Talking to someone who has recently been bereaved is not easy. Juliette Taylor at Coodes Solicitors shares her top ten tips for these difficult conversations.
As a lawyer who specialises in elderly client law, and advises on Wills and probate, I come into regular contact with people who have been bereaved. Talking to someone who has recently lost a loved one is difficult and can be very upsetting, especially if the death was sudden and unexpected. While everyone experiences grief differently and there are no hard and fast rules, here are some tips to help you.
1. Do not ignore what has happened
It is common not to know what to say when someone you know has loses a loved one. If the death was sudden, you may feel shocked and may simply not be able to find the words. Or perhaps you are fearful of saying the wrong thing and adding to your friend’s upset. Not acknowledging the death, however, is the worst thing you can do.
2. Send a card or letter if you cannot speak face to face
If you do not feel able to have a face to face conversation with a friend who has been bereaved, or are simply unable to see them, send a letter or a card. It will really help them to know you are thinking of them.
3. Try to understand if a bereaved friend does not want to see you
You may find that your calls or emails are ignored, at least at first. Your friend may simply not feel ready to respond to your invitation to meet up or even to speak to you. Grief takes time and is an unpredictable process with many different stages. Don’t give up on someone who is bereaved. Leave the door open to your friendship and perhaps they will feel able to respond next time you get in touch.
4. Be prepared to talk about the person who has died
Many people imagine that talking about the person who has died will be very upsetting for someone who has recently been bereaved. In fact, this is exactly what some people want to do and they may want to reminisce as a way of keeping the person alive. If you did not know the deceased person, you could start by saying something like “I didn’t know your husband, but I wish I had.” This gives them the opportunity to talk about their loved one, should they wish to. Everyone is different though, so try to read the signals and let them take the conversation in the direction that suits them.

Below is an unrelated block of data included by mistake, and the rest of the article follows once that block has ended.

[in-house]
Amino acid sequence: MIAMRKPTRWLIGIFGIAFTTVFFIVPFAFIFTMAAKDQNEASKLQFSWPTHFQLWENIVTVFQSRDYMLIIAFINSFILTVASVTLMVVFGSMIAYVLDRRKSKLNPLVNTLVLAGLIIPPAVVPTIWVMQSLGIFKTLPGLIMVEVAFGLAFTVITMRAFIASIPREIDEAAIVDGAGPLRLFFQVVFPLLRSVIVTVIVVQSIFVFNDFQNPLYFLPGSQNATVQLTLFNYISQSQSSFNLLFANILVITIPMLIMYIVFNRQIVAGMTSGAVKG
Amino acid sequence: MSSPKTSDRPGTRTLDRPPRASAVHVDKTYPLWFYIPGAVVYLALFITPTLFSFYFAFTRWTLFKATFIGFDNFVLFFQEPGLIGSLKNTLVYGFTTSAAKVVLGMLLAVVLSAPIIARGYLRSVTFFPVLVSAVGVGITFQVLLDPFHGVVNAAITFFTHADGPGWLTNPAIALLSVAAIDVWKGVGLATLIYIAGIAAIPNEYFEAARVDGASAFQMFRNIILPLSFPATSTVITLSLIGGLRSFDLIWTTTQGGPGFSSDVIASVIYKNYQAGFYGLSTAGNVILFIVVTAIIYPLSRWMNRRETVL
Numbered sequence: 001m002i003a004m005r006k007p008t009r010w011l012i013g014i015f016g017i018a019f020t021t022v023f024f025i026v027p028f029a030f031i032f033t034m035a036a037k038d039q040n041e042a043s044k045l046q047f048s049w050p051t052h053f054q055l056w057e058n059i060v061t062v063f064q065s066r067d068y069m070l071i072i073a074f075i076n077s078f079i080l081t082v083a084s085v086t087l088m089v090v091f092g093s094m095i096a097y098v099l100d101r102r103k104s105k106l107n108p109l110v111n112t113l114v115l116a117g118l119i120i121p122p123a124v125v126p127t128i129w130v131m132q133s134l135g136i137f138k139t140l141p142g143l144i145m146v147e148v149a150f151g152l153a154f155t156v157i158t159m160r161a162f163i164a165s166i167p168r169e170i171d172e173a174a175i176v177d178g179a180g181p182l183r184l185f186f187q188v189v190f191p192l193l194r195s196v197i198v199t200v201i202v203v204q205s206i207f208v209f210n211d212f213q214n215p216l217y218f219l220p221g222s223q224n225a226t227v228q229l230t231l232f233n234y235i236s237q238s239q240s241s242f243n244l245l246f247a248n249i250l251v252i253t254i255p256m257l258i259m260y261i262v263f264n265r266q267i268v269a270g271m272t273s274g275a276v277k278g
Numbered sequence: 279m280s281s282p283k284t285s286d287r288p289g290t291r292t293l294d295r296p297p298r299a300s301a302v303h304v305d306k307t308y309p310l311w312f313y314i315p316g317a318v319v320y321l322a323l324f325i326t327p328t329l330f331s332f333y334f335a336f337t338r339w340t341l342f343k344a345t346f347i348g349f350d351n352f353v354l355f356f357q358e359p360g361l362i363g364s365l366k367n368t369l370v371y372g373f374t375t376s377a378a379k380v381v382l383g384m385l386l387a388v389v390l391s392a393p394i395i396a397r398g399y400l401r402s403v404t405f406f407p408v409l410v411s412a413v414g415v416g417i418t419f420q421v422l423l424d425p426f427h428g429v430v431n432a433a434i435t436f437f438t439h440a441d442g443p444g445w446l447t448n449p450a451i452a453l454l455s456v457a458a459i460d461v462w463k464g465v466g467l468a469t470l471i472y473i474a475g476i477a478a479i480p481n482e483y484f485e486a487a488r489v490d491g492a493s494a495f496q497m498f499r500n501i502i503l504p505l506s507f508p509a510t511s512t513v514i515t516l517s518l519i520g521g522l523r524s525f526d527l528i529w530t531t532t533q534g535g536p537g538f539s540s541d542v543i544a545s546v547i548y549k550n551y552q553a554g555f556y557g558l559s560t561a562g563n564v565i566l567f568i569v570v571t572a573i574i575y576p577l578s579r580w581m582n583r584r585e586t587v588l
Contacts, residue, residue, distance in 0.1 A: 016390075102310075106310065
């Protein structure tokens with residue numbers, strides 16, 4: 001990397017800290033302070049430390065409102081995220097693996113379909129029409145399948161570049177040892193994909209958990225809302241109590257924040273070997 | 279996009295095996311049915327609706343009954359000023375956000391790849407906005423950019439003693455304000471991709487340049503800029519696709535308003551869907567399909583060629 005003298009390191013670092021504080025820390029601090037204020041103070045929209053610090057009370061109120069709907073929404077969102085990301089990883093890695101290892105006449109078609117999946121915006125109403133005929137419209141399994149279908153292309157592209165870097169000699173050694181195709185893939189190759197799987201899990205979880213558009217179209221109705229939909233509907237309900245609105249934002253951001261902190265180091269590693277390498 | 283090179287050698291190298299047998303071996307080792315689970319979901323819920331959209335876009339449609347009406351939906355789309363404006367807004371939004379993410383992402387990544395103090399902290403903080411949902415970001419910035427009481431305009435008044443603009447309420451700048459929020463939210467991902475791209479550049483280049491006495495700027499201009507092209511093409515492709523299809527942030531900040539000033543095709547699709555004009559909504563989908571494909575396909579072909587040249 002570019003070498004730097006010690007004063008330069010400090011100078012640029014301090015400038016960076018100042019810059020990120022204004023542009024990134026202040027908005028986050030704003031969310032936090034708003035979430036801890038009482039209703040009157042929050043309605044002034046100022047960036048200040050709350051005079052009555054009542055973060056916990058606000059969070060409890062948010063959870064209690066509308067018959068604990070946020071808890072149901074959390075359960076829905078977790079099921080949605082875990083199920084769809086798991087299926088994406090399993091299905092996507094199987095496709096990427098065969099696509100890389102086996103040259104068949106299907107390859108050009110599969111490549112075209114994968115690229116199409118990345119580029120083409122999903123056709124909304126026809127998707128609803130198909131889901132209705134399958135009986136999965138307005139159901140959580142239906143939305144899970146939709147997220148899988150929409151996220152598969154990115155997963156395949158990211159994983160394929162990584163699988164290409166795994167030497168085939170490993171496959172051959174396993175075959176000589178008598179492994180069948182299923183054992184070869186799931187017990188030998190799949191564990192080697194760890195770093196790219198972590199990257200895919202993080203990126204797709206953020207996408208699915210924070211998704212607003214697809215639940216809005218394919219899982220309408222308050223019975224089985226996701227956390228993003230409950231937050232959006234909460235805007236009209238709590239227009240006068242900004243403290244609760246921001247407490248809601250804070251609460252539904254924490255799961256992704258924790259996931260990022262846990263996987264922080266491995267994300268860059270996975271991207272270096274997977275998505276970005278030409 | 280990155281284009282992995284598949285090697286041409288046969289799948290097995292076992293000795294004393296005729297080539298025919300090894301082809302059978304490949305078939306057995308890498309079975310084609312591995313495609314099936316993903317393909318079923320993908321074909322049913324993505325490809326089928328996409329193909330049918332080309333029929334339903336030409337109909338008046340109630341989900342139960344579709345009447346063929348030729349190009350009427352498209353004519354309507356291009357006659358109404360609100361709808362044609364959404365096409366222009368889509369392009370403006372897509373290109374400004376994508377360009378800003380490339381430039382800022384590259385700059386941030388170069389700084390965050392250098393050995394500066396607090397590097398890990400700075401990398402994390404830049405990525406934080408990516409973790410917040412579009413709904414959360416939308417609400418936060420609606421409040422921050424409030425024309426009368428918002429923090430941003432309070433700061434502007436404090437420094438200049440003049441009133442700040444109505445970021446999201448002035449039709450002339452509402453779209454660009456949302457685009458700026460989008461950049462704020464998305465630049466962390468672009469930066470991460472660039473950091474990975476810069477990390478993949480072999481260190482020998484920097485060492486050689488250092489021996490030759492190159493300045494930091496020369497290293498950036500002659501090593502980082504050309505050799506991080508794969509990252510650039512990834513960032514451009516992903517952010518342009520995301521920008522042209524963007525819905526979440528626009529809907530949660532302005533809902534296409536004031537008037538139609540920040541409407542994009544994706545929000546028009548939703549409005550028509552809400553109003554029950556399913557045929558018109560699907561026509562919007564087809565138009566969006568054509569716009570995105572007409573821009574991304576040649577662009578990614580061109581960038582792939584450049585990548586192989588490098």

5. Offer practical help while they are grieving
It is normal to want to help a friend who is grieving. However, simply saying “let me know if I can help with anything,” may not be enough to encourage them to call on you. Offers of specific practical help, such as looking after their children for a couple of hours, cooking a meal or taking care of specific funeral arrangements, are generally more likely to be taken up.
6. Avoid clichés
When we feel uncomfortable and are lost for words, we often resort to clichés. If someone has died, this can mean using phrases like “I know how you feel,” or “time is a great healer,” to show you are sympathetic. Unfortunately these phrases are fairly unhelpful. Instead, try to speak to them in a more personal and individual way.
7. Remember that listening is more important than talking
As we struggle to find the right words, it is easy to forget that talking is much less important than listening. Let your friend do most of the talking and do not be afraid of silences. Using open questions is a good starting point and try to resist the temptation to interrupt them.
8. Bereaved people sometimes want to talk about normal things too
Even when they are at the height of their grief, many people sometimes want to talk about normal, mundane things. So, if they ask about what is going on in your life or just want to chat about the weather, take their lead. You are still being a supportive friend by spending time with them and focusing on something else may give them some temporary relief.
9. See your friend as you always have
People often become nervous about speaking to someone who has been bereaved. Even if a very close friend has lost someone, you may suddenly feel tongue tied and not know how to behave around them. The key is to try to remember they are the same person they have always been.
10. Try to remember birthdays and anniversaries, as time goes on
As the months and years go by, remember that grief can hit people especially hard on significant dates. The birthday of someone who has passed away, a wedding anniversary or the anniversary of a death, can all be difficult days. Make a diary note of these dates so you can offer any support when they come around again.
Juliette Taylor specialist at Coodes Solicitors, can be contacted on 0800 328 3282 or email@example.com